Hyderabad: For a long time, the status quo for a section of Hyderabadi students was to migrate to western or Gulf countries, for either higher studies or career opportunities. However, a new trend has now started, with many now preferring to go to Turkey instead.
“I wanted to study in a Gulf country, but it has become very expensive in recent years. So Turkey is the best option now as the cost of living and education is cheap and the opportunities there are limitless,” said Adnan, who is a civil engineering student from Hyderabad.
Adnan also said that Turkey is very safe for foreign students, especially those from Hyderabad, as there are some cultural similarities between Hyderabad and Turkey, given that the former had a Muslim (until 1948) monarchy which was in fact married to the last Ottoman empire’s two princesses.
Another Engineering student Safiullah Habib said, “There are many big projects that are going to start there and it’s a golden opportunity for engineers who want to make money.” He added said that Turkey right now is what the United Arab Emirates (UAE) was 15 years ago.
“Those who went to UAE at that time years ago are now minting money. A similar opportunity has arrived after 15 years, but in Turkey now,” Habib added.
Increase in industrialization and R&D attracts youth
Abdul (name changed), who is studying biotechnology said that one of the main reasons for preferring Turkey is also the measures taken by the country’s government to increase industrialization and investment in research and development.
“This looks very promising for someone who’s a biotechnology student” he noted. Sami also pointed out that current Turkish President Erdogan also commands respect from many as he is seen as a leading Muslim voice in the world.
“In the current global situation, where everyone is targeting Muslims and Muslim leaders are giving awards to our oppressors, it was Tayyip Erdogan who stood up and became our voice,” Sami added.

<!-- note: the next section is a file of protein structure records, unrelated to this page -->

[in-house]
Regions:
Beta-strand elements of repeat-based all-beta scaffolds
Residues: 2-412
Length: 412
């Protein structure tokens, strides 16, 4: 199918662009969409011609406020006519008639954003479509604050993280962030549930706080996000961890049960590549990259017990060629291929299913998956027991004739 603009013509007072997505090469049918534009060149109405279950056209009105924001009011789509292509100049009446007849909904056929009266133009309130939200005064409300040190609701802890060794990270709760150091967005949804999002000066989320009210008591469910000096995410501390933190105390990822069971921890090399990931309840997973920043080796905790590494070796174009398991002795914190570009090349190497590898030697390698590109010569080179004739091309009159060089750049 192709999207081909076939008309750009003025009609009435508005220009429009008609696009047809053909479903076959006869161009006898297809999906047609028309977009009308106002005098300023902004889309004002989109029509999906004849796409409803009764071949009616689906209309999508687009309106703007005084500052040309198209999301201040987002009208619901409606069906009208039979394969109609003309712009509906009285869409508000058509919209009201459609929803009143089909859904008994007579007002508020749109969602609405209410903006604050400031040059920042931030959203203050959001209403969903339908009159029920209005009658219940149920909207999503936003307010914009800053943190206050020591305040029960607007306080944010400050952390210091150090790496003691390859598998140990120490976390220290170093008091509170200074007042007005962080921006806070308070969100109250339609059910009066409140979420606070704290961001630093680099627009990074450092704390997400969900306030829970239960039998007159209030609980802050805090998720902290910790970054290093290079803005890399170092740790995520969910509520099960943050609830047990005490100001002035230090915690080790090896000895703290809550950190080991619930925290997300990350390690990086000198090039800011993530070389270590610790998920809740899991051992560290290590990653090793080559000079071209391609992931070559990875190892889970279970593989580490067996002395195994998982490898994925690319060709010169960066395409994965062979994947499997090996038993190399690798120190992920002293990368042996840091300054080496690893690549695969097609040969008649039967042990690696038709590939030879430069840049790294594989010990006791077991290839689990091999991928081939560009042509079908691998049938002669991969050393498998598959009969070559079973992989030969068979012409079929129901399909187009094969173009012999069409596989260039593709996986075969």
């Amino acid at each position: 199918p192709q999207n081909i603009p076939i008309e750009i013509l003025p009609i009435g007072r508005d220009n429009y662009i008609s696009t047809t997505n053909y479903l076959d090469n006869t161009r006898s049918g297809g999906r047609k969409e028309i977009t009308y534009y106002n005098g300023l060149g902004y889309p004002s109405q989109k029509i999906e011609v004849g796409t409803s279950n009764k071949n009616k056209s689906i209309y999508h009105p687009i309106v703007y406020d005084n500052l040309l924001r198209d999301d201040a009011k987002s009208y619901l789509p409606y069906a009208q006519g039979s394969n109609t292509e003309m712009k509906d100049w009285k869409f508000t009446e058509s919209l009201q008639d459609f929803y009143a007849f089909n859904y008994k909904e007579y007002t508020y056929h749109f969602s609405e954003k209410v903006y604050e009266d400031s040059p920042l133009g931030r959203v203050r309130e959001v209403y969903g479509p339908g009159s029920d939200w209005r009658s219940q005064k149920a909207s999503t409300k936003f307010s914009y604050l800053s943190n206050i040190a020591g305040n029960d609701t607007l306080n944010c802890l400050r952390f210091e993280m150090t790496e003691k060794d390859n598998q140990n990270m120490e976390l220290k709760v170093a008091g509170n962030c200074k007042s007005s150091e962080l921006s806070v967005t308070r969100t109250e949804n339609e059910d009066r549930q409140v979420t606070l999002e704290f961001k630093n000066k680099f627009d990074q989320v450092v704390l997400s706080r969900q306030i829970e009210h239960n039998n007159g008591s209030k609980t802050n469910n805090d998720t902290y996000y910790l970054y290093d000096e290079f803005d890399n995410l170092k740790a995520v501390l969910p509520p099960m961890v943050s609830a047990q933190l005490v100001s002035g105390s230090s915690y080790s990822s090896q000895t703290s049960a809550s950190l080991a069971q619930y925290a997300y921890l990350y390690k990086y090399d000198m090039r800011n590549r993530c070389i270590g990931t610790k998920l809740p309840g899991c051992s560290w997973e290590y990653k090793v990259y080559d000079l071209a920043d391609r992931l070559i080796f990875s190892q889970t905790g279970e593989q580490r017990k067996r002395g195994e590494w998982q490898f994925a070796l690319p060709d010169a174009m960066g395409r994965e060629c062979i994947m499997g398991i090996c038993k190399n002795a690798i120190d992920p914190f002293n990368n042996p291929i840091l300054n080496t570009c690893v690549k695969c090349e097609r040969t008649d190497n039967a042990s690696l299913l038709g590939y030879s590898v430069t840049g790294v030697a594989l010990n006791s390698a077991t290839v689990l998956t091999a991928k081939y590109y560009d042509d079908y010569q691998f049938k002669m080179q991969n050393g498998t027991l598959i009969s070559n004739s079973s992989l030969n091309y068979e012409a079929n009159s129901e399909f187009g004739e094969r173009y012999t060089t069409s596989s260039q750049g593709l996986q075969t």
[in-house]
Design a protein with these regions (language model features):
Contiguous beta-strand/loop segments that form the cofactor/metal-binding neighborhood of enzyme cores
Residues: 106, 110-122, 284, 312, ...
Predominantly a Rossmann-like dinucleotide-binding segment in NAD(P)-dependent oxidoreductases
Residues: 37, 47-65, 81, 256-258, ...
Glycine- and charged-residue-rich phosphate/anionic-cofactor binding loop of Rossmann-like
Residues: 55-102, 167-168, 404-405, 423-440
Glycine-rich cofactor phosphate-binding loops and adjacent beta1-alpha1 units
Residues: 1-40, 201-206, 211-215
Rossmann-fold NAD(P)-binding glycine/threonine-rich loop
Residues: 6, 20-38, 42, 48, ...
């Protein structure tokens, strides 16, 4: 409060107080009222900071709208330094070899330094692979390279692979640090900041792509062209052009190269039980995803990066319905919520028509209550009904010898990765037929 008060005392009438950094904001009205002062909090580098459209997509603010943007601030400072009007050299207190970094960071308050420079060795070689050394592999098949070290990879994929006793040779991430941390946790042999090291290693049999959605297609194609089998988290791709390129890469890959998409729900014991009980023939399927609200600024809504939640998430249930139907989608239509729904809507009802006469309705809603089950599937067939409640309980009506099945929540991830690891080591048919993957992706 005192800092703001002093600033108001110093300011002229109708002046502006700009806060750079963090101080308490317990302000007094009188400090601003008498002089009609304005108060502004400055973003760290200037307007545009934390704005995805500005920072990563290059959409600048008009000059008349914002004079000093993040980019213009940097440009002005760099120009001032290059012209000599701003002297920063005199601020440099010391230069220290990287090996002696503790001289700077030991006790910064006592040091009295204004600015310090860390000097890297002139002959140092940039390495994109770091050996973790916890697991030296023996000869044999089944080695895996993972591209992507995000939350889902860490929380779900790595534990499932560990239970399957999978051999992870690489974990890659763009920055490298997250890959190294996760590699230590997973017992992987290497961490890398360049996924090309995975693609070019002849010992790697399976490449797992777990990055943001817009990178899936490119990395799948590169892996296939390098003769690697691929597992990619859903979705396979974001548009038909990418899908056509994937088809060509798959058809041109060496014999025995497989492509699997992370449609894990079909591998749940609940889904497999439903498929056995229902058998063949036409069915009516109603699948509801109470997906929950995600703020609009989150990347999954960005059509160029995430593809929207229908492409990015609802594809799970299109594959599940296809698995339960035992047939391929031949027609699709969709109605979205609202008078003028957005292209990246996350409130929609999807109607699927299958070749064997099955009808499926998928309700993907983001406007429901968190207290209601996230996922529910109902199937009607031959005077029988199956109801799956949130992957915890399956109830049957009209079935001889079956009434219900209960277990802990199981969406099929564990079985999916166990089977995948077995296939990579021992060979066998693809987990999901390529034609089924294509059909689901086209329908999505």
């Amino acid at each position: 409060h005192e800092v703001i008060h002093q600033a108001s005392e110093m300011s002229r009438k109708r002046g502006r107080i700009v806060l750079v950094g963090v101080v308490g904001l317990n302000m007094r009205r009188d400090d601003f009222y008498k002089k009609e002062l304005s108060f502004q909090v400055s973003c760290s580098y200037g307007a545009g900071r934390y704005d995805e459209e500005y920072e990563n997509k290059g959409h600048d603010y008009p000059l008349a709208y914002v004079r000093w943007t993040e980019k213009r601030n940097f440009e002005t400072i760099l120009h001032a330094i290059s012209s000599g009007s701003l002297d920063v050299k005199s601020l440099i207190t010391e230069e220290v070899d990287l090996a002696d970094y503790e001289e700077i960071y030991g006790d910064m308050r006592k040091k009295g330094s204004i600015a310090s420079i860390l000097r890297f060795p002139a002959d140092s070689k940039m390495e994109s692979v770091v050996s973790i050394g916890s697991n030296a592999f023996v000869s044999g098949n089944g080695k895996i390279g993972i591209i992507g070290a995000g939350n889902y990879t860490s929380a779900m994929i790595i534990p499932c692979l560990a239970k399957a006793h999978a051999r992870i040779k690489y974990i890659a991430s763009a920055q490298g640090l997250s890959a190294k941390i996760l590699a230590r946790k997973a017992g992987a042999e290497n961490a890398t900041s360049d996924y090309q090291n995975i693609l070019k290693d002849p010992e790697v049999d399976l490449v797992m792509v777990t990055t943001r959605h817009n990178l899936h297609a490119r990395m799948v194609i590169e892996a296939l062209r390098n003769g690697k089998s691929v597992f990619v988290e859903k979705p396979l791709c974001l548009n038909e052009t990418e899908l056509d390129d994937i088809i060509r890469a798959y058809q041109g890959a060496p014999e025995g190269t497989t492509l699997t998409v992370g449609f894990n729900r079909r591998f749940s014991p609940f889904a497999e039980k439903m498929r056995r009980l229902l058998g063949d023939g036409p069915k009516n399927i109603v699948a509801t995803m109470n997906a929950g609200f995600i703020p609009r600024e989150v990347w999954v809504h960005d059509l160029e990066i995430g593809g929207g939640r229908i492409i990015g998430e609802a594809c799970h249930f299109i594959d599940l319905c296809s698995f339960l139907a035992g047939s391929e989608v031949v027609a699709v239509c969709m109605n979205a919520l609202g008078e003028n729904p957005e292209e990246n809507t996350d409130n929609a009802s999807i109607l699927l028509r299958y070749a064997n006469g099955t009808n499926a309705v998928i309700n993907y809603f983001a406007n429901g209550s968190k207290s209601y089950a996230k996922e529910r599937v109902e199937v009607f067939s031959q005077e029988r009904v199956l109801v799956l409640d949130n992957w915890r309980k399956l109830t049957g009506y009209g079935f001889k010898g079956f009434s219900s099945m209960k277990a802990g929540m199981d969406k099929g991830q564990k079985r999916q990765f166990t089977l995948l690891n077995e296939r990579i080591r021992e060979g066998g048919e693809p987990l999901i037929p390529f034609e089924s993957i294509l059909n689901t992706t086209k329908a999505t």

Moreover, there is also the issue of settling down as an immigrant, after the completion of one’s studies.
Ali (name changed), a commerce student, told siasat.com that many students want to go to Turkey because it’s easier to get citizenship there compared to gulf countries or western countries. “There are also many opportunities there and we hope that Turkey becomes like USA or China in the upcoming years.”
Leaving India permanently?
Many Muslim students who go abroad for studies cited that they will likely settle down there, and will never come back to India citing socio-economic and political reasons. Most of them said that the rise of Hindutva and the constant attacks on the community has left them worried.
Arbaaz (name changed), a media student, said “A a Muslim, I don’t feel safe anymore in India. I fear for my family, and I’ve seen how Islamophobic the media is, how biased the judiciary is, and how hypocritical people have become in general.”
The youngster said that many of his peers sit and hang out with him, but then vote for right-wing extremists “behind his back”. “They also openly support them on social media and I just want to leave here as soon as possible,” he said, pointing out a trend that India has seen develop after Prime Minister Narendra Modi came to power in 2014.
Another graduate student, Amaar (name changed), said that the ruling BJP and its supporters have “killed” his patriotism. “Now I have no reason to stay here. When I can get a much better education, job opportunities and most importantly, safety, why would I remain here?” he ased.
Many students who go to Turkey more or less do what every person who studies abroad does: work part-time jobs while studying, and then join . Once they are hired, it is a matter of years that they settle in Turkey.
Moreover, the Turkish government is also able to attract many Muslim students from Hyderabad due to the scholarship programmes (like the Burslari) that it offers.
Though Turkey may be the new study destination, it however has a much older connection with Hyderabad. Mir Osman Ali Khan, the last Nizam of the erstwhile Hyderabad state got two of his sons married to princesses Durru Shevar and Niloufer.
Durru Shevar was the daughter of the last Abdulmejid II, who was the last caliph of the Ottoman empire, which ended after World War-1. Princess Niloufer was her cousin. The former was married to Azam Jah, and her cousin to Moazzam Jah.